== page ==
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Unfair Business Practices

Consumers should be able to count on the legitimacy of their transactions as well as operate on the assumption that the information they received about the service or product involved in the transaction was truthful. When that is not the case, an individual or business may be able to recover damages in an unfair business practices lawsuit.

The Florida Deceptive and Unfair Trade Practices Act (FDUTPA)

Modeled after its federal counterpart, the Federal Trade Commission Act, FDUTPA was enacted to “protect the consuming public and legitimate business enterprises from those who engage in unfair methods of competition, or unconscionable, deceptive, or unfair acts or practices in the conduct of any trade or commerce.”

Although the FDUTPA does not define “unfair methods of competition, or unconscionable, deceptive, or unfair acts or practices,” Florida courts have provided some guidance. Specifically, a deceptive practice is one that is likely to mislead consumers while an unfair practice is one that offends established public policy and that is immoral, unethical, oppressive, unscrupulous or substantially injurious to consumers.  Samuels v. King Motor Co. of Boca Raton, 782 So.2d 489, 499 (Fla. 4th DCA 2001);  Davis v. Powertel, Inc., 776 So.2d 971, 974 (Fla. 1st DCA 2000).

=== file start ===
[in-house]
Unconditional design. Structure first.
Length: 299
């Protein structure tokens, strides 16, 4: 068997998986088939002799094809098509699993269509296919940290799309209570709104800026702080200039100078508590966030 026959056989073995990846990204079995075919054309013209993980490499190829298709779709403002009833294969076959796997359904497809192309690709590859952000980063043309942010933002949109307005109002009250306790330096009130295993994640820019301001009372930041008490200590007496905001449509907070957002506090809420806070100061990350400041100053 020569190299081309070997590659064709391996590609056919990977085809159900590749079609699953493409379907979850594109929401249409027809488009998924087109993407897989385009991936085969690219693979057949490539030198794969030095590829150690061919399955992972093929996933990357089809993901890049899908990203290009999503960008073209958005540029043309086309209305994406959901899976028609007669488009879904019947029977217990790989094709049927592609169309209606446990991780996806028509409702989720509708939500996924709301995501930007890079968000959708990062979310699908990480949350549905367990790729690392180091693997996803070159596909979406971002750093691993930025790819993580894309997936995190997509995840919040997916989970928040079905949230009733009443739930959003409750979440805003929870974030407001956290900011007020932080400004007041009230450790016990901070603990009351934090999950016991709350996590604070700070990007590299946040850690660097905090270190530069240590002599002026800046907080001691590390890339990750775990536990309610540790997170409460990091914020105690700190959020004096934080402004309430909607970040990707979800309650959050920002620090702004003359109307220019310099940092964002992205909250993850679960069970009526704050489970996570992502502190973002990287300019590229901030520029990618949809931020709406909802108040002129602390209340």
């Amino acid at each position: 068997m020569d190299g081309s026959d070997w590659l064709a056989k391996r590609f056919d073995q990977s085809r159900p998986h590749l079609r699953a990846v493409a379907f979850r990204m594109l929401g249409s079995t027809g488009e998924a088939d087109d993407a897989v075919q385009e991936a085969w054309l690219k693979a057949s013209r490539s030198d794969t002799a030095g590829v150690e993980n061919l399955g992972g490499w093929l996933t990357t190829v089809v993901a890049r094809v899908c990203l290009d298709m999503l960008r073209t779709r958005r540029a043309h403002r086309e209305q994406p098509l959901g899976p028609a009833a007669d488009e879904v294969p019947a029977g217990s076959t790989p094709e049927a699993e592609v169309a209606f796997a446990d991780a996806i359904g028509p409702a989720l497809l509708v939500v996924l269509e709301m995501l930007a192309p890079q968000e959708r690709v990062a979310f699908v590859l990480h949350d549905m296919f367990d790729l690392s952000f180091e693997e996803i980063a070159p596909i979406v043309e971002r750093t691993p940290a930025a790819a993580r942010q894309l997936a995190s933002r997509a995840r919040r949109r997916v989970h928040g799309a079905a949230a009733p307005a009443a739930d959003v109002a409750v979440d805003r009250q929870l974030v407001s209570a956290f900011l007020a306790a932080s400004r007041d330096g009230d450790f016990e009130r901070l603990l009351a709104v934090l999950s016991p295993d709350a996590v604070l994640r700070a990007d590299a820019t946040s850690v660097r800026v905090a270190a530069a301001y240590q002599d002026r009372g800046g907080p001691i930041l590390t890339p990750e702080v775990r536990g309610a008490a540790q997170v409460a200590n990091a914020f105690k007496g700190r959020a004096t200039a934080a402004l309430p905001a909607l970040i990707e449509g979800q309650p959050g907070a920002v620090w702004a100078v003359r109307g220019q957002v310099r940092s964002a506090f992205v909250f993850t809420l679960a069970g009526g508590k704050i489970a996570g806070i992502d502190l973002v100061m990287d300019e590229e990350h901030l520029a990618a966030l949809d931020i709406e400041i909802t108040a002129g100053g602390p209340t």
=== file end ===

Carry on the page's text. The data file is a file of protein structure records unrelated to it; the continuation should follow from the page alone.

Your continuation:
Examples of acts or practices that might give rise to a claim of unfair business practices include, but are not limited to, the following:

  • Including unauthorized charges on a bill
  • False or misleading advertising
  • Misrepresenting goods (such as claiming used goods are new)
  • Price gouging during a state of emergency or natural disaster (such as hand sanitizer at the beginning of the COVID-19 pandemic)
  • Falsely claiming repairs are needed to a home or vehicle
  • Deceptive online ads

Damages under FDUTPA

To prevail in a lawsuit based on unfair business practices, you must also prove that the underlying act or practice caused you or your business to suffer damages. If you are successful, you may be awarded and, or all, of the following:

  • An order for actual damages suffered.
  • An order requiring the business to stop the unfair practices or acts.
  • A declaration from the court stating that the practice or act is a violation of the FDUTPA.
  • Attorney’s fees and costs.

Consult the Tampa Bay Business Attorneys at Lieser Skaff

If you believe that you have a valid claim for unfair business practices or need to defend against such a case, consult with one of our experienced business attorneys as soon as possible. We will evaluate the acts or practices in question and advise you of your legal options.

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